The Wall Street crash of 1929, also known as the Great Fall, was a major U. S. stock market crash that occurred in the fall of 1929. It began in September and ended in late October, when stock prices on the New York Stock Exchange plummeted. While investors found some relief in mid-summer, concerns about a sustained recession resumed in late August, as the S&P500 and the Dow fell by more than 4%.
Any activity outside these parameters could be considered an active day in the stock market, for better or worse. A stock market crash is a sudden and sharp decline in stock prices across a wide range of markets and sectors. It is usually caused by a combination of factors, such as speculation, rising interest rates, economic recession, and overvaluation of stocks. When the stock market falls, it can be difficult to see the value of your portfolio decline and do nothing about it.
It can be especially difficult to see your portfolio shrink in a year in which you may have fallen ill, grieved, or lost or changed jobs due to the COVID-19 pandemic. The Wall Street crash of 1929 ended the Roaring 1920s and started the Great Depression. The stock market shrank so much that it would take until 1954 to fully recover its pre-fall value. The main cause of the Wall Street crash of 1929 was the long period of speculation that preceded it, during which millions of people invested their savings or borrowed money to buy stocks, driving prices to unsustainable levels.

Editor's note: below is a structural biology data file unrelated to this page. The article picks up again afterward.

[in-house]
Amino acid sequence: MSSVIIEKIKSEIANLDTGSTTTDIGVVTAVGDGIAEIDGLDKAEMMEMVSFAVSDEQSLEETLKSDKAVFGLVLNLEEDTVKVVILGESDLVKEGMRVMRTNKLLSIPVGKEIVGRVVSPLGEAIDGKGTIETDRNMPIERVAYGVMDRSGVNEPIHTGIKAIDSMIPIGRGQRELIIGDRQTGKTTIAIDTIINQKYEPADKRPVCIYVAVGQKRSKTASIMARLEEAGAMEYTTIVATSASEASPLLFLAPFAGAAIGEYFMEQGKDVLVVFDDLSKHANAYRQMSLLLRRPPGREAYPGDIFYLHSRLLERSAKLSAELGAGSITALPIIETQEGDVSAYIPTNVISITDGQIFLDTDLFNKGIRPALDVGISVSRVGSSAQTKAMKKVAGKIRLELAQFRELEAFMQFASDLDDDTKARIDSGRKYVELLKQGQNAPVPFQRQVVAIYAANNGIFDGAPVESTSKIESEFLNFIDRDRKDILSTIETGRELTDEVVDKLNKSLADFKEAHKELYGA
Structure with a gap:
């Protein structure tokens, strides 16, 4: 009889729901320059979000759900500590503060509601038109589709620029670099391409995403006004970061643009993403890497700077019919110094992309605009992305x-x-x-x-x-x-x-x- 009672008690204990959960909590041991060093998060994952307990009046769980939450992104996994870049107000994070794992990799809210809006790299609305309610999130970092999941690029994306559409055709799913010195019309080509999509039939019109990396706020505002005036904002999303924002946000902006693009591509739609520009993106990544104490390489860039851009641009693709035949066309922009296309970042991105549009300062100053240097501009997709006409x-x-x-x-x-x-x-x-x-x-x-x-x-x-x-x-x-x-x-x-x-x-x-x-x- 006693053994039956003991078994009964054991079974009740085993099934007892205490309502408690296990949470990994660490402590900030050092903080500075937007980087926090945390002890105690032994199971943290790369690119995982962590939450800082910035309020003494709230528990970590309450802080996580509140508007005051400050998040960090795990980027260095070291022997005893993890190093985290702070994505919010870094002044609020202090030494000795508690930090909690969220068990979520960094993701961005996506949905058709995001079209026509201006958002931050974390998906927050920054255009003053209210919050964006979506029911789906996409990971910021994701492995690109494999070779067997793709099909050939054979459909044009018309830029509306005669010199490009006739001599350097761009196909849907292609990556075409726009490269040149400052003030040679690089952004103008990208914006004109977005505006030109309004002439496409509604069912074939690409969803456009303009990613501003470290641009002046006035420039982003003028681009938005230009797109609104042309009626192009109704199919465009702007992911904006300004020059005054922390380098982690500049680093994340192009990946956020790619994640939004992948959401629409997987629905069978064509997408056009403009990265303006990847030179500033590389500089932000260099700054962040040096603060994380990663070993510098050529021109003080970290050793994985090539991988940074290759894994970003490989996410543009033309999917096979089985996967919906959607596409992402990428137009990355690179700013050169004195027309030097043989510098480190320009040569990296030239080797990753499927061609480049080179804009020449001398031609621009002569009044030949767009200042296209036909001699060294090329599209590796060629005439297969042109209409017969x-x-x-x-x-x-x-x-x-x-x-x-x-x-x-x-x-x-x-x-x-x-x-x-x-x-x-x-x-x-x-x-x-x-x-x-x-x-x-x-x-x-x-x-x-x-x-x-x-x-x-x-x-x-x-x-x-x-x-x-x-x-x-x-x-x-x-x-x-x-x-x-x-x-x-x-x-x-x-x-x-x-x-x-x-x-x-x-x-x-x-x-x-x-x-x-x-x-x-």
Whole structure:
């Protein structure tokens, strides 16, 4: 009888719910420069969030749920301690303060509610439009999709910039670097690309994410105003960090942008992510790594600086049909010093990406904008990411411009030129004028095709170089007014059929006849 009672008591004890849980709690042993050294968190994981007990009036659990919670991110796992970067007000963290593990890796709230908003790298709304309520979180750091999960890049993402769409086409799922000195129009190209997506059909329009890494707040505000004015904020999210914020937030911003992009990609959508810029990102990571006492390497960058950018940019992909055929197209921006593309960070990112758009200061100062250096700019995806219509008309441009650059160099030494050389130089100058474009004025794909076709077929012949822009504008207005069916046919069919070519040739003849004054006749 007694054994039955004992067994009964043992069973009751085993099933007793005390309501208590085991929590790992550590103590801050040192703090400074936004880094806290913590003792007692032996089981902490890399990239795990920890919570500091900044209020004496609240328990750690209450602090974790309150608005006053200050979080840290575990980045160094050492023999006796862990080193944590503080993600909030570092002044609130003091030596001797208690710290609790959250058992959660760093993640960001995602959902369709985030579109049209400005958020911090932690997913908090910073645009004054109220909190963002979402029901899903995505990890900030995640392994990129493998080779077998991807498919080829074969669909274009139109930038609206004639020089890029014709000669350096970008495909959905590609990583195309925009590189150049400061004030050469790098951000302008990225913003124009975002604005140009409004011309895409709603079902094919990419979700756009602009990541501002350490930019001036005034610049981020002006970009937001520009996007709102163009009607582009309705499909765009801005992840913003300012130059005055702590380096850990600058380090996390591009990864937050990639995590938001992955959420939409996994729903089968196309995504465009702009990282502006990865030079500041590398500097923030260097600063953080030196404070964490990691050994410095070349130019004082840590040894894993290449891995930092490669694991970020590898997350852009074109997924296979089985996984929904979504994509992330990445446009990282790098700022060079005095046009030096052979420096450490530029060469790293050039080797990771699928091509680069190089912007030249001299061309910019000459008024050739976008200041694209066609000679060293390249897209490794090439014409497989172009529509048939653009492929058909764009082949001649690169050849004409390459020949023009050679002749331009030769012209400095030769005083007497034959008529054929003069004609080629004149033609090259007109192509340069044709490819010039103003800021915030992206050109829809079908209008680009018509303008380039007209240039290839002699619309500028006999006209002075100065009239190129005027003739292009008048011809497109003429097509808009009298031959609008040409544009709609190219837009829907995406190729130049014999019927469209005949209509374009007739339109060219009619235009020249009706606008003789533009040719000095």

Other causes included a rise in interest rates by the Federal Reserve in August 1929 and a slight recession earlier that summer, contributing to the gradual fall in stock prices in September and October, ultimately leading investors to panic. Many factors are likely to have contributed to the stock market crash. Among the most prominent causes were the period of unrestrained speculation (those who had bought shares on margin not only lost the value of their investment, but also owed money to the entities that had granted the loans for the purchase of shares), the tightening of credit by the Federal Reserve (in August 1929, the discount rate rose from 5 percent to 6 percent), the proliferation of holding companies and investment trusts (which tended to create debt), a multitude of large bank loans that couldn't be liquidated, and an economic recession that had begun in early summer. In addition, the cost of capital may be different from the allowable return due to inaccurate (or incorrect) or changing capital market conditions.
This was an outstanding economic performance that would normally justify stock market optimism. After peaking, economist Irving Fisher proclaimed that “stock prices have reached what appears to be a permanently high plateau.” While New York stocks protected commercial banks, the stock market crash continued to hurt trade and manufacturing. After utilities fell in price, margin buyers had to sell and there was a panic sale of all the shares.